The Savage Hawkman #1 (DC) – No question this is the weakest book of the week. For one, I’ve never really been a huge Hawkman fan, but this issue is confusing, makes no sense at times (Hawkman starts off by shooting his old costume) and doesn’t look very good at times. It’s not terrible, but with all the other great comics DC put out this week, this one pales in comparison.
Story: 6 Art: 6.5 Overall: 6.25
Superman #1 (DC) – George Perez re-introduces Superman here with a tale told in a throwback style with lots of third-person narration, a nostalgic tale of Metropolis’s history and a strong introduction to the themes and supporting characters in the series. Oh, and there’s some kind of epic battle with a fire-monster alien, too.
Story: 9 Art: 8.5 Overall: 8.75
Teen Titans #1 (DC) – Another tale launching a new team with introductions to some of the team members, this one is entertaining and has a lot of potential. Scott Lobdell does much better here than on Red Hood, so much so it’s hard to believe this is the same writer as that crap. Red Hood looks even worse now that we see that Lobdell can write a strong female character (in this case Wonder Girl).
Story: 8 Art: 8 Overall: 8
Voodoo #1 (DC) – This issue conflicted me the most this week. After two weeks with controversies over female characters and their depictions as weak or nearly naked, it was disappointing to open this issue and see a half-naked stripper jump out at me. And then to see page after page of half-naked strippers for the entire issue. But Ron Marz shows that he isn’t writing as simplistically as you might expect. The opening page, as Brett pointed out to me, says “Are you ready gentlemen? Because this is why you’re here!” as if the near-nudity is meant as a tongue-in-cheek (no pun intended) thing and a slap at the fans who buy books for that purpose. But I kind of got the same feeling from this as I got from a story on Fox News where they condemn pornography while showing a clip from a porn movie. Marz does make sure to show us that the female characters in the issue are, at a minimum, intellectually, physically and even morally superior to the male characters (except for maybe the end of the issue where moral superiority drops off). This is definitely a comic where the female characters are the only characters that matter, but I wonder if that same point couldn’t have been made by having Voodoo work as a waitress instead of a stripper, since that would’ve fit the logic of the story just as well.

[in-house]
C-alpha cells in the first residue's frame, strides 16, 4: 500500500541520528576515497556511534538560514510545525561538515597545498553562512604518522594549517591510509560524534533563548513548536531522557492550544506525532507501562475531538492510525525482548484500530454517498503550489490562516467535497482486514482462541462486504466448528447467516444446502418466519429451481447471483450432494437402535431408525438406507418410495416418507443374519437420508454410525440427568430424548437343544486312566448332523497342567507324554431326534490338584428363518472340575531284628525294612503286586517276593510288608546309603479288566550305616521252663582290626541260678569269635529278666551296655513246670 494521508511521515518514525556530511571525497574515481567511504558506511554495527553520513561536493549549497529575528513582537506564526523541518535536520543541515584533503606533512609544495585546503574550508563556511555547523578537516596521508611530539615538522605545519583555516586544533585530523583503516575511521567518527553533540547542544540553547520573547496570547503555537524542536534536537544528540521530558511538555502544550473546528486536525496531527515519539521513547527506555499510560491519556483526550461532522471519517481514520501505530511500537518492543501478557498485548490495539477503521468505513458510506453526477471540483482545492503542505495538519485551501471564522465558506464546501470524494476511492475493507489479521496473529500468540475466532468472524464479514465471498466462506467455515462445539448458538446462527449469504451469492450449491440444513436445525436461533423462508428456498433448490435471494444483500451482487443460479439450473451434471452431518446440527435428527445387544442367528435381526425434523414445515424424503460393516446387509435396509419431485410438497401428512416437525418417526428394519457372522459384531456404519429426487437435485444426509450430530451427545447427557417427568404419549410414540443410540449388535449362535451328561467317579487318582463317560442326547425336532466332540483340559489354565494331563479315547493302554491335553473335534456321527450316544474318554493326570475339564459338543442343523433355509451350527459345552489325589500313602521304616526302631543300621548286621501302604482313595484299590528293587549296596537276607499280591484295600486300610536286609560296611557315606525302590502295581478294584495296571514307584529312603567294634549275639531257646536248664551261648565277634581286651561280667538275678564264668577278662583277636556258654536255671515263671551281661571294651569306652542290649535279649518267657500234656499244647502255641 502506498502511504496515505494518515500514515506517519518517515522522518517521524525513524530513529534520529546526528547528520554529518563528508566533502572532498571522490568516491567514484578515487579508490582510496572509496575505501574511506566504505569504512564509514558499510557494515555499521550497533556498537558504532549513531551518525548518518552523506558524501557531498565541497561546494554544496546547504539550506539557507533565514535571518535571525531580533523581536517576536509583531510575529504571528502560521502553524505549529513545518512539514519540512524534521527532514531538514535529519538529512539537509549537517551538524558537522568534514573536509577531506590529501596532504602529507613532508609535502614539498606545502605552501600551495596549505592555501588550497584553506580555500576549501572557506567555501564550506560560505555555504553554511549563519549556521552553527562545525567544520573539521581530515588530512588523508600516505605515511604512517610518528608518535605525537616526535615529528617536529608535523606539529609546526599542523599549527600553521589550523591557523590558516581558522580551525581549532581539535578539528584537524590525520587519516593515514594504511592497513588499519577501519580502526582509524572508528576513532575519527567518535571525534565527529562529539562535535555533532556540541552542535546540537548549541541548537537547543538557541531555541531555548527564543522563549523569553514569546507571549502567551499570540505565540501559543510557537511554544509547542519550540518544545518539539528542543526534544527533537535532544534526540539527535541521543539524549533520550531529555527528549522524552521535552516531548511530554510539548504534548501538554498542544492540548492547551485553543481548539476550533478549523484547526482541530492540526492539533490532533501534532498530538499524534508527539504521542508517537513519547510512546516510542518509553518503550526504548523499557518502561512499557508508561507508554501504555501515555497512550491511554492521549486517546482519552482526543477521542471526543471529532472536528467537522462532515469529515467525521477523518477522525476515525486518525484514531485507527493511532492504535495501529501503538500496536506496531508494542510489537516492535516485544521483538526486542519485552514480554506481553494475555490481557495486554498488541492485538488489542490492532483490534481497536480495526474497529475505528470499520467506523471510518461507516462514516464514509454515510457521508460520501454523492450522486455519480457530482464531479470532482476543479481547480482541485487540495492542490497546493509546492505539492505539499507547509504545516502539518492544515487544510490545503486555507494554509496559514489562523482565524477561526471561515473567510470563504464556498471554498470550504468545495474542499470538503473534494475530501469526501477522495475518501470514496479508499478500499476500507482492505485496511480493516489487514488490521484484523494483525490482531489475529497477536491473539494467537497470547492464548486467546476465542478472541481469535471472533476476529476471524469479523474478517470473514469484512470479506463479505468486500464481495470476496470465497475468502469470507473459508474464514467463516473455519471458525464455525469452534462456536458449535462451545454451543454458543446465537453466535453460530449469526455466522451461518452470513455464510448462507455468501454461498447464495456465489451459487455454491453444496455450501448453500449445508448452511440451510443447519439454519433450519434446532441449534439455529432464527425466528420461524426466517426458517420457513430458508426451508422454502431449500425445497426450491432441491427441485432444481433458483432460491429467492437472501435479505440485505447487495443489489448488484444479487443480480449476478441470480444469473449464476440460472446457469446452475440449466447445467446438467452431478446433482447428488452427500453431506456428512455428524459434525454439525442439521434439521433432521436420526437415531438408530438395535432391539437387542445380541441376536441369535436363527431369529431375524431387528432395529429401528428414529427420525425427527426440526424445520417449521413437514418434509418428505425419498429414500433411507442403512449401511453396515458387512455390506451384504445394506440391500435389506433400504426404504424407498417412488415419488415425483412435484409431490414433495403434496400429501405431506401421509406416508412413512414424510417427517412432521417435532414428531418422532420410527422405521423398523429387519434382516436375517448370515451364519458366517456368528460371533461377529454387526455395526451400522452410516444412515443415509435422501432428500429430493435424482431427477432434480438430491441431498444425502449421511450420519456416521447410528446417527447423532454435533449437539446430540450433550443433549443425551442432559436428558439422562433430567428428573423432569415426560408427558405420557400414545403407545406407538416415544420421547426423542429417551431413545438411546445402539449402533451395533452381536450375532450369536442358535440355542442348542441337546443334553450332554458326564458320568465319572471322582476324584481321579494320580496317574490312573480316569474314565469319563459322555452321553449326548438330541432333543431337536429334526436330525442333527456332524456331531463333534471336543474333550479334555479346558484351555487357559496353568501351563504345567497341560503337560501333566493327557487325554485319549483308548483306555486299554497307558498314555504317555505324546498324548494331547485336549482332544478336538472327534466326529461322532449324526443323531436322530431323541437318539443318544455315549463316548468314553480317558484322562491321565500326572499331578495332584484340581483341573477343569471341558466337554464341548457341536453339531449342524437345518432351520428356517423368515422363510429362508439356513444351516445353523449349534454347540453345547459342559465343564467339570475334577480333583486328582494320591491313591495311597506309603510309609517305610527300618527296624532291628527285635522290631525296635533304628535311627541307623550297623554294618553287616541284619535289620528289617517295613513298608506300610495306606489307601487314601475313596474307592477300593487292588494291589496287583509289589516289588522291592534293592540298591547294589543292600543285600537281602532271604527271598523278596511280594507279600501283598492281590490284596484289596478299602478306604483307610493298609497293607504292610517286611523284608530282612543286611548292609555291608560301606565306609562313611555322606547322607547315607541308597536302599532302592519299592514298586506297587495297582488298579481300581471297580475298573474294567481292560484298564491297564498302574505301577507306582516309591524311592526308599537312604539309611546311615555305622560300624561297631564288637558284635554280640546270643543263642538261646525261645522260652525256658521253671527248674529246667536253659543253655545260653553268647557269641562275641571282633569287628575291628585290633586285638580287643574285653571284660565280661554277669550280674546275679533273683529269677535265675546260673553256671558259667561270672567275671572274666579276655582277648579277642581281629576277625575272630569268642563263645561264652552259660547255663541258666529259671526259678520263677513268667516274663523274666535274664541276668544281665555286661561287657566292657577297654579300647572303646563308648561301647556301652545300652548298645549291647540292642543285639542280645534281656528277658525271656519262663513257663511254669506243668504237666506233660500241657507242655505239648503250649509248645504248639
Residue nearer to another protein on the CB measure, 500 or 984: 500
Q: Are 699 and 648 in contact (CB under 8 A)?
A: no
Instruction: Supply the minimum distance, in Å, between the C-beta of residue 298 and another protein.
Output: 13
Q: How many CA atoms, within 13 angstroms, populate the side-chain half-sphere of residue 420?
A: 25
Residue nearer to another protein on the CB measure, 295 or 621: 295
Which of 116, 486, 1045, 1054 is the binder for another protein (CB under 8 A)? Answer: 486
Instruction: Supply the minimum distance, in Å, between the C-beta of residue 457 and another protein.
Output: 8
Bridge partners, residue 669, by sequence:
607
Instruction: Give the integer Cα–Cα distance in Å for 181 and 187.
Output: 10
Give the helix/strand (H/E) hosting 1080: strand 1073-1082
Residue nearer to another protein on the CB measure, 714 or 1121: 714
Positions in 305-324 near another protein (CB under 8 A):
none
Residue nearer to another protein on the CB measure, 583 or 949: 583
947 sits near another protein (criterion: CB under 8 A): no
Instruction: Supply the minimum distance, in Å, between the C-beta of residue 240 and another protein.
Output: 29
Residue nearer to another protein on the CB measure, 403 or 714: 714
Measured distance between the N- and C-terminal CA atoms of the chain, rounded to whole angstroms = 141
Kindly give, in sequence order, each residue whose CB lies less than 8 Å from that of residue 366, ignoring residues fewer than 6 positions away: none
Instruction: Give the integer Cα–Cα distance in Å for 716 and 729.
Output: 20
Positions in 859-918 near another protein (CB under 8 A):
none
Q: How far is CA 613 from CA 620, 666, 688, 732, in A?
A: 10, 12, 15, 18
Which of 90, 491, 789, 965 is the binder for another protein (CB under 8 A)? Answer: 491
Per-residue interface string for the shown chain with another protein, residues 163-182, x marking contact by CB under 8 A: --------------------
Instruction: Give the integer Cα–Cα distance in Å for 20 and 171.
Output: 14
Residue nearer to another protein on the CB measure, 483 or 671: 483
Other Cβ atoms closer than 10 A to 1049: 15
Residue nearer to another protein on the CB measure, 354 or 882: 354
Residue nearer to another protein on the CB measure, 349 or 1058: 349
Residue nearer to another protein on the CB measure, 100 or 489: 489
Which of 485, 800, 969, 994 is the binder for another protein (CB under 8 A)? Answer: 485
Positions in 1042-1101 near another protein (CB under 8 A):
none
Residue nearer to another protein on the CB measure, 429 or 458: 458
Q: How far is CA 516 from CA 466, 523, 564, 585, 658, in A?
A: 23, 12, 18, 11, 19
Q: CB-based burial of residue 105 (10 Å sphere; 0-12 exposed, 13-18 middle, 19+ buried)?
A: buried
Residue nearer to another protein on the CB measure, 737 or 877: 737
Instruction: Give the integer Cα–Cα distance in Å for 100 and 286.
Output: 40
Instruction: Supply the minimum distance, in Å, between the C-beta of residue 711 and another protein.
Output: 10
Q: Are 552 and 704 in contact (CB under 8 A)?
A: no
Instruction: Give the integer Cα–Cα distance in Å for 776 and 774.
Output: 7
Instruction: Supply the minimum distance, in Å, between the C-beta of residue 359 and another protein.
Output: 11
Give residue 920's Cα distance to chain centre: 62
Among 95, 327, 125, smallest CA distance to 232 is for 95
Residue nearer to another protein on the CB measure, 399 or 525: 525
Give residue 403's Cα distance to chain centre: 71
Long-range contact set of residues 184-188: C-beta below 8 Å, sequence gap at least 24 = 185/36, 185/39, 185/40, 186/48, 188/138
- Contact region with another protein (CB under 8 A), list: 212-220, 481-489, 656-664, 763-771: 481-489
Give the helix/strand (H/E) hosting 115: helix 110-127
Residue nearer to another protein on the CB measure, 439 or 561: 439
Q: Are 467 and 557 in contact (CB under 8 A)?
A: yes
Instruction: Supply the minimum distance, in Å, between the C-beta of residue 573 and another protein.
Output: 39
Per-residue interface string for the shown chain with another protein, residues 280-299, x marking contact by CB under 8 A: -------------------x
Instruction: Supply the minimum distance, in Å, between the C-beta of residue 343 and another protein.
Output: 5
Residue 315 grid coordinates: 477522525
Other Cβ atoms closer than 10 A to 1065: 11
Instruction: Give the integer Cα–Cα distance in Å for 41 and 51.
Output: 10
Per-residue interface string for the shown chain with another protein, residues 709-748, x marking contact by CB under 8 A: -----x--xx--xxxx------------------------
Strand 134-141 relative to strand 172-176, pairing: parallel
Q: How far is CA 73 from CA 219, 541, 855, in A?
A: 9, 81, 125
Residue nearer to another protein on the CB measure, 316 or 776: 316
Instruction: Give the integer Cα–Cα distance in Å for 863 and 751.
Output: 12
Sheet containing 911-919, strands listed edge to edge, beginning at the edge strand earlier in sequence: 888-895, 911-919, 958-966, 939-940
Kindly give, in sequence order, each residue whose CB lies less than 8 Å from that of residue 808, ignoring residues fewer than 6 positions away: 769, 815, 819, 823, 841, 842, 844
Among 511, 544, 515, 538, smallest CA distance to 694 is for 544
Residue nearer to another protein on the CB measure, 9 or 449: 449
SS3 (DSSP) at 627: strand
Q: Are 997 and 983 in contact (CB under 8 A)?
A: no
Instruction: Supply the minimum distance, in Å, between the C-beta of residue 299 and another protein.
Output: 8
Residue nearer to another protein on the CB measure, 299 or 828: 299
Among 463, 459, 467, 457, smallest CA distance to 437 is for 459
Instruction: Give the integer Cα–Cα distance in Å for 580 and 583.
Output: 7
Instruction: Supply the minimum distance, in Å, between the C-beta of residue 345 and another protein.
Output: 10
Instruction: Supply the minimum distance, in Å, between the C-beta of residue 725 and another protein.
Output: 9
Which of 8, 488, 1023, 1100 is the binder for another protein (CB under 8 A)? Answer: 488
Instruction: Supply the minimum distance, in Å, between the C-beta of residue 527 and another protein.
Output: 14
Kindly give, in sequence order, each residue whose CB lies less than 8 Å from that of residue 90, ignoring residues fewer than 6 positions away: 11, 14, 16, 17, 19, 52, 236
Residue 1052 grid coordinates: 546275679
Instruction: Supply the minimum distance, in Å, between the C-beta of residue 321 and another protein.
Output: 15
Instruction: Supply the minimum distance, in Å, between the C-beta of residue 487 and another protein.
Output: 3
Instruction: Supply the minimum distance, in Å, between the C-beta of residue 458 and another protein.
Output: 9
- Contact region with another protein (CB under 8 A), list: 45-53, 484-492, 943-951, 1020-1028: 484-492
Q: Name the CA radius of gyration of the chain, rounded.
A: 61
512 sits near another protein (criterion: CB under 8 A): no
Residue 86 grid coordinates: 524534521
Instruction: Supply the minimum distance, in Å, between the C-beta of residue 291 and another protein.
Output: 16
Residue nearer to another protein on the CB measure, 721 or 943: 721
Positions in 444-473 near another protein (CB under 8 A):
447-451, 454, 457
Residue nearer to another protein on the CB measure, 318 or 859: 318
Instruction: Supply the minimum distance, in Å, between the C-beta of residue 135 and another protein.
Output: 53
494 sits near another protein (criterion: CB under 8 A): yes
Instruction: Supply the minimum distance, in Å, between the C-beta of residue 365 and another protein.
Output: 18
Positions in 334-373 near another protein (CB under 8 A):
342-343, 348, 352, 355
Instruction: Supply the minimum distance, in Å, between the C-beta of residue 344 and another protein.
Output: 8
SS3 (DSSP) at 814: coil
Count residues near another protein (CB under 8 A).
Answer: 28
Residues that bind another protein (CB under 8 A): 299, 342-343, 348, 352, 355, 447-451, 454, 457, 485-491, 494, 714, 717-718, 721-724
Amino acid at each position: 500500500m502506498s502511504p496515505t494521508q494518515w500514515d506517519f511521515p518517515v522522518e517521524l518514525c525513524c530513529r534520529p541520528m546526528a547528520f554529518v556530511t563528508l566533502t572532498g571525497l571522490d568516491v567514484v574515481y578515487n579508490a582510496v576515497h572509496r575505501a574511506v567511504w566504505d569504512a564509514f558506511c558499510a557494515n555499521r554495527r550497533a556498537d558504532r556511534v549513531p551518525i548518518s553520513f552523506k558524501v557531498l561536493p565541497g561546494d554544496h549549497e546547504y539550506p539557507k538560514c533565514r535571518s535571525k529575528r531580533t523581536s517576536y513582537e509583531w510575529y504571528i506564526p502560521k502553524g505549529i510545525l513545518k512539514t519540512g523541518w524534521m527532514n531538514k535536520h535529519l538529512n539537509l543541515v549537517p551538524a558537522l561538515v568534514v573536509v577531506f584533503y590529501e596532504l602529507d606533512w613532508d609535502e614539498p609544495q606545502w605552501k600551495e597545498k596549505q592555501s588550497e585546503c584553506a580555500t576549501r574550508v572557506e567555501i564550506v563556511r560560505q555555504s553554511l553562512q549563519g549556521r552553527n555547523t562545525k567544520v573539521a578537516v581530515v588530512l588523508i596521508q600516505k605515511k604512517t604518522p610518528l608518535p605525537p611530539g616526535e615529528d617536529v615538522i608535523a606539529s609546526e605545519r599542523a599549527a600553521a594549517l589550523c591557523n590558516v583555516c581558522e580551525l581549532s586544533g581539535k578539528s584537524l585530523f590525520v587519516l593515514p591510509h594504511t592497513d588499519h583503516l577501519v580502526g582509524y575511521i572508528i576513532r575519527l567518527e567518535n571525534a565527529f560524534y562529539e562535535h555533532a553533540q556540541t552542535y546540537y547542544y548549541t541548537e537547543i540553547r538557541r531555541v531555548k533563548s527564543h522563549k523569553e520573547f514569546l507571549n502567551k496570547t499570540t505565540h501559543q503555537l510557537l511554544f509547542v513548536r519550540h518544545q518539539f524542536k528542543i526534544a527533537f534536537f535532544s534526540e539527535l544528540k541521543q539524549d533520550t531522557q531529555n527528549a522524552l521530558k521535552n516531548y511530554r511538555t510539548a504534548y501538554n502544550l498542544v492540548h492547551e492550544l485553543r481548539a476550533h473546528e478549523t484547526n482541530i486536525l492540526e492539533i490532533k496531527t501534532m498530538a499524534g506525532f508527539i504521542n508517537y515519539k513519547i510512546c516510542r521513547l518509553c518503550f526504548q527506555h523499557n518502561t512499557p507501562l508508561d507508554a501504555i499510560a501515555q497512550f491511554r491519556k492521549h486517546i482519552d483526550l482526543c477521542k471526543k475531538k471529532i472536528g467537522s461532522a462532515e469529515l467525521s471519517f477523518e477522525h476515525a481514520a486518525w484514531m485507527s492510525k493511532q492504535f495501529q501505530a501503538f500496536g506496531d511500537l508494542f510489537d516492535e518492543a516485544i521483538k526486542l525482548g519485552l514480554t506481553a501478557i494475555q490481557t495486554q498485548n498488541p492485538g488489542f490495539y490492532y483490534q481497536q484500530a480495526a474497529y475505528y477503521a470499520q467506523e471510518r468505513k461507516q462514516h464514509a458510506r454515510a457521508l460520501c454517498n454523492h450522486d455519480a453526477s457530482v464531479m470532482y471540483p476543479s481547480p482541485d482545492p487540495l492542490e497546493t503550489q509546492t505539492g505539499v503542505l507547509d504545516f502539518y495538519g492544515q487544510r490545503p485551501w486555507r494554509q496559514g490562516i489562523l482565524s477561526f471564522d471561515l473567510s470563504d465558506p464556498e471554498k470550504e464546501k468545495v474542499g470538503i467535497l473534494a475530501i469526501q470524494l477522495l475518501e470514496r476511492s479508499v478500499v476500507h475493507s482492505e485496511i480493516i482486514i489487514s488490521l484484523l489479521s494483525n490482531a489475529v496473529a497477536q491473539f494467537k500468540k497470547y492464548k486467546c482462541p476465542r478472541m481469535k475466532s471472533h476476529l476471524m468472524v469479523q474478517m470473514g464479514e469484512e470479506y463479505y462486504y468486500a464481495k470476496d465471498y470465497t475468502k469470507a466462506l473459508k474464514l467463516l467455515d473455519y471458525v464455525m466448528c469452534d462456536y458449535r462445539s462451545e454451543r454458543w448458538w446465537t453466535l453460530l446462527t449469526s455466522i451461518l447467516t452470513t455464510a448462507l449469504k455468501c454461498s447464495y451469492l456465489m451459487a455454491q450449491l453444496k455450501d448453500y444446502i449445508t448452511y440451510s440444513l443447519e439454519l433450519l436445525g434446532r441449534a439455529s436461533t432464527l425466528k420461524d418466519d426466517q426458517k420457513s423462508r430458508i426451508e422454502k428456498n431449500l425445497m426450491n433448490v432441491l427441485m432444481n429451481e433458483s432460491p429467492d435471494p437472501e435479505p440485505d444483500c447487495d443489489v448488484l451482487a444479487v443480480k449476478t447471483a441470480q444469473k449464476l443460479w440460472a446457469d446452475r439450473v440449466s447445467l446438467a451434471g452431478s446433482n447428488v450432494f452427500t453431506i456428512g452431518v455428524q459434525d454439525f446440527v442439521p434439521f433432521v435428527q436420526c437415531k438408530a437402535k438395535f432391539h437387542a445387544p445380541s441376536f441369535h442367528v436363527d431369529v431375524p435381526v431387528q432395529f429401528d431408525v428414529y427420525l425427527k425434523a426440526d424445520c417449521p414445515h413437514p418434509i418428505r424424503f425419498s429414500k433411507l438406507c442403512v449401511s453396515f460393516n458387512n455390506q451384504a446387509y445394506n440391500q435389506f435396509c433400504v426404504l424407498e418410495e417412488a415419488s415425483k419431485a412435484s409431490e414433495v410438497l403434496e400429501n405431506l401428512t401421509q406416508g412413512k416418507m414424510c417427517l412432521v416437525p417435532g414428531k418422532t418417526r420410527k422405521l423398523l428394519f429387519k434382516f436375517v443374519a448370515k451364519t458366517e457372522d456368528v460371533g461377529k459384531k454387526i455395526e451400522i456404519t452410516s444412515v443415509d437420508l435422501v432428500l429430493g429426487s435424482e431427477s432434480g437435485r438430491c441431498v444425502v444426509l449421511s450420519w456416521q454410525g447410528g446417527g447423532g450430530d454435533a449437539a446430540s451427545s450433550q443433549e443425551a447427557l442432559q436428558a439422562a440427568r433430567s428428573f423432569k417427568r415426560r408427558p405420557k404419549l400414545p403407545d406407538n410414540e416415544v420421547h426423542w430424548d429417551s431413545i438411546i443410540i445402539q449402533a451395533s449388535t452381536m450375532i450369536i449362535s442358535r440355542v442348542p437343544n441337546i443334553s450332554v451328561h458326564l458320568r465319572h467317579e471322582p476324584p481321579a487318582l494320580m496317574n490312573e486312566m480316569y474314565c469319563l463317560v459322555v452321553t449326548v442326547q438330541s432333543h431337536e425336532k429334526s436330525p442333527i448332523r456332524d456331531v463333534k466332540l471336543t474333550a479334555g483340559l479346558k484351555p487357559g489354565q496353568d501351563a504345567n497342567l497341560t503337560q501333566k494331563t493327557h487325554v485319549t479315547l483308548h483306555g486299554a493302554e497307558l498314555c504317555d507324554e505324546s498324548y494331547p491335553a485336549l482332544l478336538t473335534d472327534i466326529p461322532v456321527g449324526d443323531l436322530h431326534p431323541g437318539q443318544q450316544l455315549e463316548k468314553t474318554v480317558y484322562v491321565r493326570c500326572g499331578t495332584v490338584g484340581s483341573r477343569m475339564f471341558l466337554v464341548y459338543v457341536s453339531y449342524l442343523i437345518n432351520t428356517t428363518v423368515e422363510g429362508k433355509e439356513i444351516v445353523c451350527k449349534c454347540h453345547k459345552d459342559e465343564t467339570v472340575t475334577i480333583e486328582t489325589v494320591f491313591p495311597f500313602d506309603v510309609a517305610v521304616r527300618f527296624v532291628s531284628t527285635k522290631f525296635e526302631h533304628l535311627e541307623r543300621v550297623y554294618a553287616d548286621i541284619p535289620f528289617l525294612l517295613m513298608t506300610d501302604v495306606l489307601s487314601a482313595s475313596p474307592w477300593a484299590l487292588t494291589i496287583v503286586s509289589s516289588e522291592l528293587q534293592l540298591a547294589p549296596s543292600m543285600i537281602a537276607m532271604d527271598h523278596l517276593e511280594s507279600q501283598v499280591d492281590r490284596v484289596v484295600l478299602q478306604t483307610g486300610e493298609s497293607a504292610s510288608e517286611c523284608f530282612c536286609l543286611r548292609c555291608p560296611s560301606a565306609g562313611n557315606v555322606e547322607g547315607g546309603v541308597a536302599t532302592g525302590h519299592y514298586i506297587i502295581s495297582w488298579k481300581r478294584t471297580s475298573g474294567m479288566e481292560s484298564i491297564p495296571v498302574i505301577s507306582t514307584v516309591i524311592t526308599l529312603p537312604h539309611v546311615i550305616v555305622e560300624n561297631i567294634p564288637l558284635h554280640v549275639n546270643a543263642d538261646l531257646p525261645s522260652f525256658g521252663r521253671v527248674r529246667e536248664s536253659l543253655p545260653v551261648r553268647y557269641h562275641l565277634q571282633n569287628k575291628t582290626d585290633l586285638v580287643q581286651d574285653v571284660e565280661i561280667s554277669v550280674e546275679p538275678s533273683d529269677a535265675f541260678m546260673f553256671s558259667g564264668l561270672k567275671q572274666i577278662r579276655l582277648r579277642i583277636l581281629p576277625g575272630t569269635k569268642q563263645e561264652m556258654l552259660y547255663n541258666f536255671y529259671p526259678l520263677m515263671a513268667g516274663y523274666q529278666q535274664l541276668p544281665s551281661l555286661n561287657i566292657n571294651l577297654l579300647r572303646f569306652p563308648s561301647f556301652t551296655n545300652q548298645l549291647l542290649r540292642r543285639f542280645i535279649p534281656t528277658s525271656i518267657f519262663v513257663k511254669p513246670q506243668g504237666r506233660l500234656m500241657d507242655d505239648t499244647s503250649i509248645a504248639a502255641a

Story: 7 Art: 8 Overall: 7.5